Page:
AB 51, signed into law by Governor Newsom last October, is the California Legislature’s latest attempt to outlaw the use of mandatory employment arbitration agreements. Fortunately, the new law, scheduled to go into effect on January 1, 2020, has already been challenged in federal court due to the preemptive effect of the Federal Arbitration Act (“FAA”).

Employment arbitration agreements are an invaluable tool for employers to control costs by keeping employment-related claims out of the courts or state administrative agencies.  AB 51 claims it is not prohibiting arbitration agreements, but merely prohibiting an employer from requiring any job applicant or existing employee, as a condition of their employment, to waive their right to file claims or make complaints against their employer in the courts or directly with a state agency for any alleged violation of the Fair Employment and Housing Act (“FEHA”) or the California Labor Code.  Furthermore, employers are prohibited from threatening, retaliating or discriminating against, or terminating a job applicant or existing employee for refusing to agree to such a waiver. 

The net effect of this bill means that any arbitration agreement entered into after January 1, 2020, will be challenged as void by plaintiff attorneys. Additionally, violation of the law criminalizes an employer and requires payment of attorney’s fees for plaintiffs who successfully sue to enforce the law.  The law even targets arbitration agreements that include “opt-out” provisions, which give job applicants and employees the option not to sign an agreement.  Under AB 51, even an arbitration agreement that allows an employee to opt out “or take any affirmative action in order to preserve their rights” is still considered unlawful. 

Though legislatures consider the passing of this bill a success, there is a strong likelihood that the new law will be invalidated at least to a large extent, if not completely.  In fact, in 2018 then-governor Jerry Brown vetoed an almost identical bill as a plain violation of the FAA. Federal law favors private arbitration of disputes, including employment disputes.  In recent years the U.S. Supreme Court, and other federal courts, have struck down laws in several states attempting to impede the path to arbitration.  AB 51 attempts to avoid this slap-down by stating the obvious within the regulation, by stating that the bill is not “intended to invalidate a written arbitration agreement that is otherwise enforceable under the Federal Arbitration Act.” We’ll let the court be the judge of that, and it in fact will be.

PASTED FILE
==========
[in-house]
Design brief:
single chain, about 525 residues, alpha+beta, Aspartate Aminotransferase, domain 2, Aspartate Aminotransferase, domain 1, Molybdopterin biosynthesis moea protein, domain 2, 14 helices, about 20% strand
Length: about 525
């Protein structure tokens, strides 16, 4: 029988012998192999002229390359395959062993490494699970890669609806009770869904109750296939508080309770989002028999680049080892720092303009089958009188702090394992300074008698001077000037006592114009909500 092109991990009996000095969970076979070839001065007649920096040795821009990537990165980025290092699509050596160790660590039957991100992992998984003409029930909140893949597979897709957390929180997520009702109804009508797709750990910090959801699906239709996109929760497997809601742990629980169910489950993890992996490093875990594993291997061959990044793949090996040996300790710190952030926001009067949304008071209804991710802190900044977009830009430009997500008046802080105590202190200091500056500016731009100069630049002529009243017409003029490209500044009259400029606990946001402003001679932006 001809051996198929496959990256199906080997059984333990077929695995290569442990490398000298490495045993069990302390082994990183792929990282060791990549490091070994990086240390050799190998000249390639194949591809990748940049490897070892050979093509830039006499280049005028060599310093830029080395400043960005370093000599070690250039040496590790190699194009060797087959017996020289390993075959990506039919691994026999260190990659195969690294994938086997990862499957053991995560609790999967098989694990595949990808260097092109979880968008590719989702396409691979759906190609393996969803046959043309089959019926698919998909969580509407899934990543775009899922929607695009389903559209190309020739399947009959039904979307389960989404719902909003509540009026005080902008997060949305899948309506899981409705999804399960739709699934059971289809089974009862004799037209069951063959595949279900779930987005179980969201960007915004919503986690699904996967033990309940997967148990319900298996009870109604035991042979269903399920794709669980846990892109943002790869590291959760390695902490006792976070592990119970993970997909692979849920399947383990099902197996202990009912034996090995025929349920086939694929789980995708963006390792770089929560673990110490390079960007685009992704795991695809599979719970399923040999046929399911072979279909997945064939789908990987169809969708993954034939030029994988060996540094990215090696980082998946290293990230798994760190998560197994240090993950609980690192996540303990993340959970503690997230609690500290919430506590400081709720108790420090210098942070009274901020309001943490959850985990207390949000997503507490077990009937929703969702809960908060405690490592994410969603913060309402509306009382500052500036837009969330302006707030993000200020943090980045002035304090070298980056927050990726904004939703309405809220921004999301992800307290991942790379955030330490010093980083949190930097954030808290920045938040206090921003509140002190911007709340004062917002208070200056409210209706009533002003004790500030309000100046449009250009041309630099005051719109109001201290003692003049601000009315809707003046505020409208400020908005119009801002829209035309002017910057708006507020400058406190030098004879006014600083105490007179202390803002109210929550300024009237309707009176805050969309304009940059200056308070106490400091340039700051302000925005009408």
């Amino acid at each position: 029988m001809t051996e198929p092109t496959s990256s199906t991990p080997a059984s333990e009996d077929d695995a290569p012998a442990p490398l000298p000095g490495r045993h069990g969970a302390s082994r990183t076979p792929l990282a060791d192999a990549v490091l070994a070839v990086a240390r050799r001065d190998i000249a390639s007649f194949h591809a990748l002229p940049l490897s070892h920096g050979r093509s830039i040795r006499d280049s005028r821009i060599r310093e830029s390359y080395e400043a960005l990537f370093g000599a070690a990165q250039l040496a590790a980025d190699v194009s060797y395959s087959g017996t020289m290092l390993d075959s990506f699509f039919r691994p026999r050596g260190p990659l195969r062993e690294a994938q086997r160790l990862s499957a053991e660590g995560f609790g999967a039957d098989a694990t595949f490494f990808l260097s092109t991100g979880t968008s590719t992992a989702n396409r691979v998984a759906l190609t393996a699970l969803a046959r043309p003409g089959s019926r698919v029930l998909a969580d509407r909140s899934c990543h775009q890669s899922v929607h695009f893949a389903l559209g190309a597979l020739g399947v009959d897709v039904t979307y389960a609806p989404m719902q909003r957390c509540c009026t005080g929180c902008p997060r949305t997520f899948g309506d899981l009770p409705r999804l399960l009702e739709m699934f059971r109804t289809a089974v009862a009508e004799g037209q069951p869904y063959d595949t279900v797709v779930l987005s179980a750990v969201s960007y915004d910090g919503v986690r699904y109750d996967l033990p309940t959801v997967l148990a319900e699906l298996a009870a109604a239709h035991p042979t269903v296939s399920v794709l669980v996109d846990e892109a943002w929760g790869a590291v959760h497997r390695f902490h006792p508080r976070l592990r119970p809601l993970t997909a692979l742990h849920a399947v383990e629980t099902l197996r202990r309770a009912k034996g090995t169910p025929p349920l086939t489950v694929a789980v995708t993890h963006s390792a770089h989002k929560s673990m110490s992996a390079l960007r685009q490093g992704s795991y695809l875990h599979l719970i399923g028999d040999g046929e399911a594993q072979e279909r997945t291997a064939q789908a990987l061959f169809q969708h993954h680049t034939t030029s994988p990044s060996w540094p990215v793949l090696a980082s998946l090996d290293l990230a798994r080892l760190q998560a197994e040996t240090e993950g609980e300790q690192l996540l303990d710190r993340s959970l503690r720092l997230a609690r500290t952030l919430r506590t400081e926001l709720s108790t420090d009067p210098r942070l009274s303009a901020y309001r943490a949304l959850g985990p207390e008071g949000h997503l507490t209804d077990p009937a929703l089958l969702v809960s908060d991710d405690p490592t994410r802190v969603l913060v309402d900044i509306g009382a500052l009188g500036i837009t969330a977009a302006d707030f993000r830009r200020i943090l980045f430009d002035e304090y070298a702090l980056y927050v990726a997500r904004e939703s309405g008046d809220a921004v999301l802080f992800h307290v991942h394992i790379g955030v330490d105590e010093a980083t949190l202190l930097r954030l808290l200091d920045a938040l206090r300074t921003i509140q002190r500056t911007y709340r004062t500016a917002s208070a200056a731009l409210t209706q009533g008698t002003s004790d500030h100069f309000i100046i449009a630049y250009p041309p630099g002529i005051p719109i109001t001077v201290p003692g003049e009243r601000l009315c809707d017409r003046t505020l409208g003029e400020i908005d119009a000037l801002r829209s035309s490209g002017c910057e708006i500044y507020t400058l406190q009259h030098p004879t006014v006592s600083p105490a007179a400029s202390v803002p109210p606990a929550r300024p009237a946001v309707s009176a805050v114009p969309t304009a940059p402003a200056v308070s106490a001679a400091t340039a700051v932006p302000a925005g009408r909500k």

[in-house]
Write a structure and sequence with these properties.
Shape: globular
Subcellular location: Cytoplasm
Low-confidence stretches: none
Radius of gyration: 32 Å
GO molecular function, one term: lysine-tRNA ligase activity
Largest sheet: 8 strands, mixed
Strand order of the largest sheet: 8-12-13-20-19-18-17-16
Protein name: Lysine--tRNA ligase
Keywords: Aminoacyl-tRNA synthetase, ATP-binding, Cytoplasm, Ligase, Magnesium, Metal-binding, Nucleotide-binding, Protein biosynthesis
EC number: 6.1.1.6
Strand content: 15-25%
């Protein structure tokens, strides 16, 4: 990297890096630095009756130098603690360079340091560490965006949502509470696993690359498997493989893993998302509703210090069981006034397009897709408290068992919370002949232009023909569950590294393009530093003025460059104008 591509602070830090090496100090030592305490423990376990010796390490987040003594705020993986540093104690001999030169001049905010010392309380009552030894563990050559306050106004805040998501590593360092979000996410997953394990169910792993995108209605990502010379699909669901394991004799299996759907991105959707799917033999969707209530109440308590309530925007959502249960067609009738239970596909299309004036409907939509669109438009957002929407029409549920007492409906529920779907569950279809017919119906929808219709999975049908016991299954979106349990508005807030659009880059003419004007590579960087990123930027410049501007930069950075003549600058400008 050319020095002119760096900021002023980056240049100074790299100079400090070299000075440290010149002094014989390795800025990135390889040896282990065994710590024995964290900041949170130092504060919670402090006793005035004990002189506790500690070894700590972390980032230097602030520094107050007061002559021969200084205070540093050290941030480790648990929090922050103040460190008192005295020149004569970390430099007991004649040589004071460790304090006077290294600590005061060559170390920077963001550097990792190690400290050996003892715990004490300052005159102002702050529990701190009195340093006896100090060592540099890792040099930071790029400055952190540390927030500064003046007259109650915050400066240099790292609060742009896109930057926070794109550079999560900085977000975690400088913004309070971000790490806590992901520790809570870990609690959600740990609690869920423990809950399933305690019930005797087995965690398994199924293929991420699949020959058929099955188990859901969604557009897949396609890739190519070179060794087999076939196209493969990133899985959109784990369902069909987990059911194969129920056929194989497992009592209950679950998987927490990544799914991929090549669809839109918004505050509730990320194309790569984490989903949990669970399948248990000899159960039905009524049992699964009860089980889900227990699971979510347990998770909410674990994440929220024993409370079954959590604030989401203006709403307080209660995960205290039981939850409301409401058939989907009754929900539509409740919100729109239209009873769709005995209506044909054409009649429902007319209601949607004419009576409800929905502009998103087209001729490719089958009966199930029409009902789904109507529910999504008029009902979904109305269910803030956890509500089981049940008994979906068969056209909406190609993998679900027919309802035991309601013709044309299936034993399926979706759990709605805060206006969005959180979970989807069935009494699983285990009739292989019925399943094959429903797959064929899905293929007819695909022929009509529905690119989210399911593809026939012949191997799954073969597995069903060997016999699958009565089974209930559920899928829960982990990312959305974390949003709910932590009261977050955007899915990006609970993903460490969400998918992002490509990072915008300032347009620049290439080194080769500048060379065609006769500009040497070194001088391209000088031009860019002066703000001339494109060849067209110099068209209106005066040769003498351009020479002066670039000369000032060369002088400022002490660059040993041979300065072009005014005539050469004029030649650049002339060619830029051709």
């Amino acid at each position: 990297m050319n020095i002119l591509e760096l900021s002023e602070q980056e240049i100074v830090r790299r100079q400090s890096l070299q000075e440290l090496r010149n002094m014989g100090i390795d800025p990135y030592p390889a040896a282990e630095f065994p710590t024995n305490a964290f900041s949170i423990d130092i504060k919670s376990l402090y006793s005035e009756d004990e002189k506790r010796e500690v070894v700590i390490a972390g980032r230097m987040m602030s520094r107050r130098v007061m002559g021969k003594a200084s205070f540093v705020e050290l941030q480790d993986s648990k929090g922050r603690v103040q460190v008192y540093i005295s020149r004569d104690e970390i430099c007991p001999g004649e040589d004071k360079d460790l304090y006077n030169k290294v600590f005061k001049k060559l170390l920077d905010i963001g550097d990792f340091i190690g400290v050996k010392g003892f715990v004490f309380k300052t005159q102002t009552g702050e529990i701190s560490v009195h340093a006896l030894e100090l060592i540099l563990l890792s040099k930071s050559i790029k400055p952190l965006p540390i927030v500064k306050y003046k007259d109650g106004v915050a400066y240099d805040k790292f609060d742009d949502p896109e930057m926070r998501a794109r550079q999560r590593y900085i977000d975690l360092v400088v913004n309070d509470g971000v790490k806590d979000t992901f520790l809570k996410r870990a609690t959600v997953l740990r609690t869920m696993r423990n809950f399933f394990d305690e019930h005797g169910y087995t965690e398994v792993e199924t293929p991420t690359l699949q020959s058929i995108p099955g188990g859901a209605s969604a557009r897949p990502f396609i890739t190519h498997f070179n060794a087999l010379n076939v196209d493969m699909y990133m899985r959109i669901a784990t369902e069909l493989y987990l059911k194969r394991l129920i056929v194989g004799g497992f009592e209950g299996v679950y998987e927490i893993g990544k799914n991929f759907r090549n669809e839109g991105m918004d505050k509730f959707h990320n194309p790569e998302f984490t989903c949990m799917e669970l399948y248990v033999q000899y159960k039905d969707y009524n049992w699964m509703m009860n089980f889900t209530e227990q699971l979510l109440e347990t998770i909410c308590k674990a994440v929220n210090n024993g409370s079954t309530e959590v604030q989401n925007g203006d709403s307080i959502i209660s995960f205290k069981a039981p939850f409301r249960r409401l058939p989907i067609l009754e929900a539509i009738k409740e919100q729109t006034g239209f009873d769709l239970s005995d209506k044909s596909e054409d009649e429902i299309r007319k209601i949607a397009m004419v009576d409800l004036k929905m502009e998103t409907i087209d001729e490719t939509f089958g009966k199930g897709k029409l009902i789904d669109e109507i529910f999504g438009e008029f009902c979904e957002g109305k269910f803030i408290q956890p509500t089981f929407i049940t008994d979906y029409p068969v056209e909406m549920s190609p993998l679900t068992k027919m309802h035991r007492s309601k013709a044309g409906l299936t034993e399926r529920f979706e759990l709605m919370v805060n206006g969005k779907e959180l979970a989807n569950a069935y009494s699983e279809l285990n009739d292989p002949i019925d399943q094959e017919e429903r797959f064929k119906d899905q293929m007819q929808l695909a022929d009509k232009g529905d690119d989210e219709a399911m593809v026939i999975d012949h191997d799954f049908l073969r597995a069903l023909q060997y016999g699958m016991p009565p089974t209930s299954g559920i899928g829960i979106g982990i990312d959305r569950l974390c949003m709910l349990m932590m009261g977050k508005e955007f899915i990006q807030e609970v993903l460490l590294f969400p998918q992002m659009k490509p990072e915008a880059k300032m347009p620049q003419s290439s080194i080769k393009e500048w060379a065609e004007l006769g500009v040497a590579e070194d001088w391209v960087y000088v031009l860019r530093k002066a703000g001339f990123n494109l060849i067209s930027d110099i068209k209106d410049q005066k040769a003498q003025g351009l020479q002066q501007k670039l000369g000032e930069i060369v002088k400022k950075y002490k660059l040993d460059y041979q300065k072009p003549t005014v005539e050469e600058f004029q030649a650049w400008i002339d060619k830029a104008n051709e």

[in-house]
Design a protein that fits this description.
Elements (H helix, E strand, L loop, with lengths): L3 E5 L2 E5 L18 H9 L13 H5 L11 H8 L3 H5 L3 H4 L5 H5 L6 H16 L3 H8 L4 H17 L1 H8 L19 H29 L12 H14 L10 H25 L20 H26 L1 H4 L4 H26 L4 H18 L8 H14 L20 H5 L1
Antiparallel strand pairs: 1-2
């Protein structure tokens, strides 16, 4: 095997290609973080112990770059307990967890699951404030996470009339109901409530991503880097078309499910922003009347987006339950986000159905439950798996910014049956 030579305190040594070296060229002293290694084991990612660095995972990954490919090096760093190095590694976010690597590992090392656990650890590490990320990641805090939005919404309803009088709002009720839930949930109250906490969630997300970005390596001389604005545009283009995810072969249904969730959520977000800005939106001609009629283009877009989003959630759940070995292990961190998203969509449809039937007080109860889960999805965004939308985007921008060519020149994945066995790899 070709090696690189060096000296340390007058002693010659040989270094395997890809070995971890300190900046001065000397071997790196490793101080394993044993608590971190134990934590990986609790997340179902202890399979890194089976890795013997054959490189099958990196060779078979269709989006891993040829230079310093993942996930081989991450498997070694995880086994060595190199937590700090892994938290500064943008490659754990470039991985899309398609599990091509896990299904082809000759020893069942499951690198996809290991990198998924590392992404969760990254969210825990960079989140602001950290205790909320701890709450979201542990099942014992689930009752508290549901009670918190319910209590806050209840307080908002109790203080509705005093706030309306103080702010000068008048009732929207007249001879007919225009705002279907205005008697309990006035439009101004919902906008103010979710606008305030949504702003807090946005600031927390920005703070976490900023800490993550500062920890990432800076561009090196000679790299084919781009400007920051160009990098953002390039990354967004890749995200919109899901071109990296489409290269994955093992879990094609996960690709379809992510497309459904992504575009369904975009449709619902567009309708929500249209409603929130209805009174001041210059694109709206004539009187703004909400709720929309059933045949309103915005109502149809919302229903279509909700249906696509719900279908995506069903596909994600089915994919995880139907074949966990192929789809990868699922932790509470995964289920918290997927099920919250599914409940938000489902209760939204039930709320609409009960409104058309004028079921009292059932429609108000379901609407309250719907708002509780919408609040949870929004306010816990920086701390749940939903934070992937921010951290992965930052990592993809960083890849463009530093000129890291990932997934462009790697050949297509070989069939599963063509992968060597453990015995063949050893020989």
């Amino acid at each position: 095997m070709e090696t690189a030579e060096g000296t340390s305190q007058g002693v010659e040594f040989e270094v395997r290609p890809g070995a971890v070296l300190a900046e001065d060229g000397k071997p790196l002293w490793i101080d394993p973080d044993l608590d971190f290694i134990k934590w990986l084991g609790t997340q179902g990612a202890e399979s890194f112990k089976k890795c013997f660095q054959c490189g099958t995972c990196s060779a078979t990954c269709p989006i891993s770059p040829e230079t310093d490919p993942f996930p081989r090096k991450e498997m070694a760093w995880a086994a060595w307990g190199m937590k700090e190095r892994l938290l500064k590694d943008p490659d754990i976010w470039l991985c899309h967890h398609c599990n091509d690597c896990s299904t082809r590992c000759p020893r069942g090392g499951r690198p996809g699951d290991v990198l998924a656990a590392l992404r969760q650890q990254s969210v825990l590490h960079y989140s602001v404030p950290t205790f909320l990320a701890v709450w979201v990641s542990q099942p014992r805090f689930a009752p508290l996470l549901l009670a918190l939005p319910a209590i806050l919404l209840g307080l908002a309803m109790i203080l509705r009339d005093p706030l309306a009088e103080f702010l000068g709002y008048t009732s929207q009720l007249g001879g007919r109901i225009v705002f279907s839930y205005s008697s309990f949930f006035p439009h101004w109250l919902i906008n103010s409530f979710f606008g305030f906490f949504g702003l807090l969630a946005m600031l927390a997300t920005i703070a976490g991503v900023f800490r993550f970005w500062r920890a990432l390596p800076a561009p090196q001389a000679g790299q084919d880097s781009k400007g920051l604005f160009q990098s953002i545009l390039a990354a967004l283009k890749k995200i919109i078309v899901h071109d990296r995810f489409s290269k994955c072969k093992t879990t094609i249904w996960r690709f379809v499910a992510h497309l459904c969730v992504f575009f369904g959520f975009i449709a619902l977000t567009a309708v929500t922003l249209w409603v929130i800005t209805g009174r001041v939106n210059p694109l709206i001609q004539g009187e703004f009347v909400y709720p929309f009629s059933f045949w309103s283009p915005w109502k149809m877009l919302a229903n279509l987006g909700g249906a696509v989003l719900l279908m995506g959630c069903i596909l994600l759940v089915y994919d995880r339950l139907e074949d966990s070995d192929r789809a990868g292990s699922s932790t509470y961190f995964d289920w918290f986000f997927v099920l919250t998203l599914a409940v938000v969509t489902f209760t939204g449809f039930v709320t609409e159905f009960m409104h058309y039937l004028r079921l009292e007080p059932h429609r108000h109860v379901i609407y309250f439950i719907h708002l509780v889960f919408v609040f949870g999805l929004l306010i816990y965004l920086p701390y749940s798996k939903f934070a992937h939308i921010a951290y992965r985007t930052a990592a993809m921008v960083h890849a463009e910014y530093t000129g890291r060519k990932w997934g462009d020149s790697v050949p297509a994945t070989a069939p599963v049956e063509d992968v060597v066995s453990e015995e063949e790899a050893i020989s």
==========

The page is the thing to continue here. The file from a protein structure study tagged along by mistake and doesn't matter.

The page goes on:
On December 6, 2019, a coalition of parties, led by the U.S. Chamber of Commerce and the California Chamber of Commerce, filed suit in federal district court in California to have AB 51 declared invalid.  The lawsuit effectively asserts that AB 51 is preempted by the FAA, with respect to arbitration agreements that are governed by the FAA, and the law should not be enforced when it takes effect on January 1, 2020.  We will be following this lawsuit closely and providing updates as the case develops.     


Whether AB 51 will be struck down or limited in scope, rests with the federal court for now.  Employers who currently utilize employment arbitration agreements regulated by the FAA should sleep easy knowing these agreements are lawful and any state law that attempts to interfere with these rights is contrary on its face to FAA.  If your arbitration agreement is not governed by the FAA or you desire a more conservative approach to this over-reach of the California Legislatures, contact the employment law experts at the Saqui Law Group, a division of Dowling Aaron Incorporated.

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